By Samantha Scott
When I envisioned my first year of medical school, I thought a big portion would take place in an anatomy lab. I imagined spending hours dissecting cadavers with classmates, referencing anatomy books, and learning the roadmap of the human body. Due to COVID-19, my anatomy lab was truncated to prevent students from contracting the virus. I was still able to experience anatomy lab, although in a different way: We rotated through cadavers, spending 15 minutes with each one, and our professors had dissected and labeled landmarks for us ahead of time. To my surprise, my favorite station was the large screen with the CT or MR images of real patients’ anatomy and injuries we could scroll through.
We started simply, with a physician explaining that left was right and right was left, and that we were looking at the patient from the feet up. From there, physicians from different specialties would come in depending on the unit we were in and explain the relevant cases. I remember my classmates and me wondering what that bright long tube was in an abdominal CT scan of a patient with car crash injuries; nothing more serious than a catheter! I found my learning was greatly enriched by being able to connect the physical cadaver anatomy we had just seen to radiological images used for diagnosis and treatment planning.
One of my favorite anatomy lab days was when a general surgeon came in and showed us images from a patient she was working on. It was a man who had terrible crush injuries from a car accident, and she had to decide how to operate on him. It was fascinating how much the imaging and radiologist’s report guided her treatment plan and decision making, and it sparked my interest in radiology. I realized how critical radiologists are to the treatment of patients across all specialties, and how much I enjoyed looking at images to identify patterns and make diagnoses.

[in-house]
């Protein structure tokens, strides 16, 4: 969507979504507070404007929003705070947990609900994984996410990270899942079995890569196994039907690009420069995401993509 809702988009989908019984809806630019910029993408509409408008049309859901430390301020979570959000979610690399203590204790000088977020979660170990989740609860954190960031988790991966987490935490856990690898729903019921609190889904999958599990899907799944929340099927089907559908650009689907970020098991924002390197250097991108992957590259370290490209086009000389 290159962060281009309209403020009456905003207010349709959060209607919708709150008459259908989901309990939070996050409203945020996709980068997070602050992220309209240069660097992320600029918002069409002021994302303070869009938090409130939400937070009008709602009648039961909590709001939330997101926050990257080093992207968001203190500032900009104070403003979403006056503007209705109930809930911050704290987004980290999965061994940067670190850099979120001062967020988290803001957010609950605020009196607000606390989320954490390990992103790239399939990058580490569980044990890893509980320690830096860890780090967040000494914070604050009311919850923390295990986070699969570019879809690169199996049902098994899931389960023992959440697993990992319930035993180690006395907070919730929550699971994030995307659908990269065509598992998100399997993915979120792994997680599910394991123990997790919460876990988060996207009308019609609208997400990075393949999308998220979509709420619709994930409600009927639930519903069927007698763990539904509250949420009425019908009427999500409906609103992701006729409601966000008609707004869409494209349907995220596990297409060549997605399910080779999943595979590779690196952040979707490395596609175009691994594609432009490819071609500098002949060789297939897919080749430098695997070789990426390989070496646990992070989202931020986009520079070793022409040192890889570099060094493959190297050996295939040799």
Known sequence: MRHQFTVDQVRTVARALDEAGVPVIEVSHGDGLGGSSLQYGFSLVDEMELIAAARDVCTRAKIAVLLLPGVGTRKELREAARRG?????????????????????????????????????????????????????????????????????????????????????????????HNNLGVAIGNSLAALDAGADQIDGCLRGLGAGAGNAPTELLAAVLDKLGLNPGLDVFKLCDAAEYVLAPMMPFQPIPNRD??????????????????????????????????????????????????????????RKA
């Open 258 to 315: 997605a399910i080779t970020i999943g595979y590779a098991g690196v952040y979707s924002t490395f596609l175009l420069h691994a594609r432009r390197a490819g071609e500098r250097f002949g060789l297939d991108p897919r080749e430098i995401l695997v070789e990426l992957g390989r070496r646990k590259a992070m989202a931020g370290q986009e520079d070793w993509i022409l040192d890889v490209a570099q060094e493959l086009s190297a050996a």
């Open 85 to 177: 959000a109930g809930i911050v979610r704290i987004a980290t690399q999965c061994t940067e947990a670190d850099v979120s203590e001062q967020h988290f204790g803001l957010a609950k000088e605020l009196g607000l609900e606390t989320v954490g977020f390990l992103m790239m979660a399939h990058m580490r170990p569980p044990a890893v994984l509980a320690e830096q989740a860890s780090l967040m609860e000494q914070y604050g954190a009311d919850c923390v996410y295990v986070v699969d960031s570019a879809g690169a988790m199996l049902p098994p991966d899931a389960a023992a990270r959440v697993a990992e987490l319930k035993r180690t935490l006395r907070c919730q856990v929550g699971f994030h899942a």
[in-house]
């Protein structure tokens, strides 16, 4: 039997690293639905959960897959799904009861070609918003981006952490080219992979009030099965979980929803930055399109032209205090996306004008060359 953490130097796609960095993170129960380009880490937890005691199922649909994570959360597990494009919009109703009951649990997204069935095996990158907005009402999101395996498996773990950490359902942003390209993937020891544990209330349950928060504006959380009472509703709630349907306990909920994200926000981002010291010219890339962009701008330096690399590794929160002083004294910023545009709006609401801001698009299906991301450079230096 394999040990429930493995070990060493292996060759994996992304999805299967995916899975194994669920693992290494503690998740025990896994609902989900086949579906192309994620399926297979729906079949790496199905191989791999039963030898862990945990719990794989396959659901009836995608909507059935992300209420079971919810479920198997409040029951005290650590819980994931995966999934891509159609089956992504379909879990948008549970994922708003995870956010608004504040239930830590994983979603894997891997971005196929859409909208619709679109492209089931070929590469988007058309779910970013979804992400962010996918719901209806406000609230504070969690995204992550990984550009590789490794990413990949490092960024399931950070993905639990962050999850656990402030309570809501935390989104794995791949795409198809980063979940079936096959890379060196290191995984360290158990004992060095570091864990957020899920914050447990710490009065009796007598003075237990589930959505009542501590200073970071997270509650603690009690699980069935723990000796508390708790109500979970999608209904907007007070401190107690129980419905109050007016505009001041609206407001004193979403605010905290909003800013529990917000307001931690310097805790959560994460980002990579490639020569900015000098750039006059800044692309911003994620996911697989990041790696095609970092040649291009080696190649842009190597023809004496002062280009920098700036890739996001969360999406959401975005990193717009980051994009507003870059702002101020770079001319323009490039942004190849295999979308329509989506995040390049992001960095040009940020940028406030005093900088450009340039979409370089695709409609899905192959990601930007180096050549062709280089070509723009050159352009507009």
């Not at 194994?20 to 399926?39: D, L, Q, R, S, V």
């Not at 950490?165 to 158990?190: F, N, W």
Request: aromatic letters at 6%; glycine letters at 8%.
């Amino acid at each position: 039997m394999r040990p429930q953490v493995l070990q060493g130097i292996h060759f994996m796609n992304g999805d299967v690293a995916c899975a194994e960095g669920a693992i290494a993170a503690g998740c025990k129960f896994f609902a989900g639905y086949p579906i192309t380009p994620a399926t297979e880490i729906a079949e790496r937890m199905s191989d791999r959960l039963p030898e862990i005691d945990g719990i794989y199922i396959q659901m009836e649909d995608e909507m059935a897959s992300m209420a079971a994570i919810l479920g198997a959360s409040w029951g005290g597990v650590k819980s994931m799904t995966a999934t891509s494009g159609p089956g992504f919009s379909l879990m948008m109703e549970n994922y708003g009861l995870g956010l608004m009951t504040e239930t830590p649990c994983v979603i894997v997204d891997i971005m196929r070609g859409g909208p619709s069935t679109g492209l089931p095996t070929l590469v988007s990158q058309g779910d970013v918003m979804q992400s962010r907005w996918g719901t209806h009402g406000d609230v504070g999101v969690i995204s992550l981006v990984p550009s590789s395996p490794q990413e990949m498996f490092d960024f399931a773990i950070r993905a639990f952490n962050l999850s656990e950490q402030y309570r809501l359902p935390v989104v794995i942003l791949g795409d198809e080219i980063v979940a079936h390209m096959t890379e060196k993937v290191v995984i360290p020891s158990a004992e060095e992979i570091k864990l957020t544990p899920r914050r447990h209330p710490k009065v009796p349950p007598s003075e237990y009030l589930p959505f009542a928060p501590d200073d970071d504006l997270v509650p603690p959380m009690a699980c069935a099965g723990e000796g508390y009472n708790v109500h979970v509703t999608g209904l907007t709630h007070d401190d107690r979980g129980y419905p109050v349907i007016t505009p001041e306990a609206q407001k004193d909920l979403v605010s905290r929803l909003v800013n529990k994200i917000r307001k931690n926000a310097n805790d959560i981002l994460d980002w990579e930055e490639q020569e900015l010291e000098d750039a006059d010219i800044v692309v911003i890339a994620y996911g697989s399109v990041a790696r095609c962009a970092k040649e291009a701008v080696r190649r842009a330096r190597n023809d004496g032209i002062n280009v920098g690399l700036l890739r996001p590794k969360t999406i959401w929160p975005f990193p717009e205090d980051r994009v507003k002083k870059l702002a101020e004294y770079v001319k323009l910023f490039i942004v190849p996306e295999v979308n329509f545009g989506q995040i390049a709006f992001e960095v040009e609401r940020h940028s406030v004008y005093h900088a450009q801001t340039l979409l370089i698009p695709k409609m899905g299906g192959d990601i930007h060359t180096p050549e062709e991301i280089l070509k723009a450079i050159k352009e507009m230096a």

As soon as shadowing was allowed at my hospital, I reached out to the radiology department and asked to spend time in the reading room. I loved the environment of residents discussing the interesting cases they had seen overnight. I sat with a radiologist who explained his search pattern to me. He then gave me his template and a computer of my own so I could try my hand at reading. While for the most part I felt pretty lost, it was exciting when I could use the anatomy I had learned last year to figure out where I was in the abdomen. I even made incidental findings in the spine!
My early experiences in radiology exposed me to a field I had never considered before starting medical school. Since then, I have realized that radiology offers many of the attributes I am looking for in a medical career. It is interdisciplinary, intellectual, constantly evolving, and critical for patient care. I look forward to further exploring my interest in radiology and discovering how it is used in all aspects of patient care on my rotations next year!
Samantha Scott is a second-year medical student at Albany Medical College. She grew up in Rochester, New York, and earned her bachelor’s degree in biology at Washington University in Saint Louis. In her free time, she enjoys hiking and skiing in the Adirondack Mountains, and she is an aspiring Adirondack 46er. She also enjoys cooking, playing her flute, and spending time with her two cats, Achilles and Artemis. You can follow her on Twitter @SScott2024.